Characteristics of forests at spotted owl nest sites in the Pacific Northwest Public Deposited

http://ir.library.oregonstate.edu/concern/graduate_thesis_or_dissertations/mw22v987x

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  • This study describes the composition and structure of forests within the immediate vicinity of Northern spotted owl (Strix occidentalis caurina) nest sites in the Klamath, Coast, and Cascade provinces of western Oregon and the Olympic province, Washington. I compared forest stand data collected at 105 nest sites with data from 105 random sites located in older forests within the owl's home range using paired t-tests and multiple logistic regression. Most nests in Oregon were in Douglas-fir (Pseudotsuga menziesii) trees (88%) whereas in the Olympics, they were equally divided among Douglas-fir, western hemlock (Tsuga heterophylla), and western redcedar (Thuga plicata). Mean dbh of all nest trees (n=105) was 139.4 cm (SE=5.2 cm). Most nests were in cavities (83%), and of the 17% that were on platforms, most were in the Klamath province. The majority of nest sites were found from the middle to the bottom of slopes. Mean aspects at nest sites were southerly in Oregon and northeasterly in the Olympics. Elevations at nest sites were lower than their paired random sites and evidence of fire was present at 86% of nest sites. Logistic regression and univariate analyses indicted that spotted owl nest-sites were associated with structurally diverse, decadent older forests. Nest sites had more densely multilayered canopies than random sites as evident from the greater density of trees, especially trees <53 cm dbh and <38 m in height. Basal area of broken-top trees and volume of decay class 5 logs were also greater at nest sites than at random sites in all physiographic provinces, (P<0.0001 and P<0.0293 respectively), and were indications of the greater decadence found at nest sites. Silvicultural prescriptions designed to produce the stand structure of nesting habitat must consider both the role fire and other disturbances have played to create the diverse species composition and stand structure found at nest sites and the importance of stand decadence in nest-site selection by spotted owls.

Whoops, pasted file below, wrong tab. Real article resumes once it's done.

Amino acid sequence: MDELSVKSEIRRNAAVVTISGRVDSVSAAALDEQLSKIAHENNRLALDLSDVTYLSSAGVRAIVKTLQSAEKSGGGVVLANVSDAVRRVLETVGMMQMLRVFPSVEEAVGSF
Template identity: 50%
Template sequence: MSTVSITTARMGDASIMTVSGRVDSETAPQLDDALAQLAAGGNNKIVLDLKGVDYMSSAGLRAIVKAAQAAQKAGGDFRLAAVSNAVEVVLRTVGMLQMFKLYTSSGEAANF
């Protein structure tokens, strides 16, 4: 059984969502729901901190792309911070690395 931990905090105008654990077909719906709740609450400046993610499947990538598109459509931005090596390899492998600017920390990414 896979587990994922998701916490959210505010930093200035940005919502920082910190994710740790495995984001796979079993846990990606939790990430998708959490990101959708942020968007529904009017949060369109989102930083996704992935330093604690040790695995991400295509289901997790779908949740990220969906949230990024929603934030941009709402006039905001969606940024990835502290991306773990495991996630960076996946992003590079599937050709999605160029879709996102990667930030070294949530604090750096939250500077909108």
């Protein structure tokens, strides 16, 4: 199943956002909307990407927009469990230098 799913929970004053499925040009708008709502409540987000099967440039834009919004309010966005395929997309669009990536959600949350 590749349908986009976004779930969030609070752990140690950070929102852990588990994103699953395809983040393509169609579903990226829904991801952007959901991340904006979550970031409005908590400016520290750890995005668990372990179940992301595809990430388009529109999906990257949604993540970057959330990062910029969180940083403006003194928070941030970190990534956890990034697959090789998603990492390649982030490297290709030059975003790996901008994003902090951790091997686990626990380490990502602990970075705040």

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  • description.provenance : Approved for entry into archive by Patricia Black(patricia.black@oregonstate.edu) on 2012-11-02T18:01:44Z (GMT) No. of bitstreams: 1 HersheyKit1996.pdf: 3423471 bytes, checksum: 5e6db005dc99977757f9de3ed176f7c0 (MD5)
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  • description.provenance : Approved for entry into archive by Patricia Black(patricia.black@oregonstate.edu) on 2012-11-02T18:56:29Z (GMT) No. of bitstreams: 1 HersheyKit1996.pdf: 3423471 bytes, checksum: 5e6db005dc99977757f9de3ed176f7c0 (MD5)
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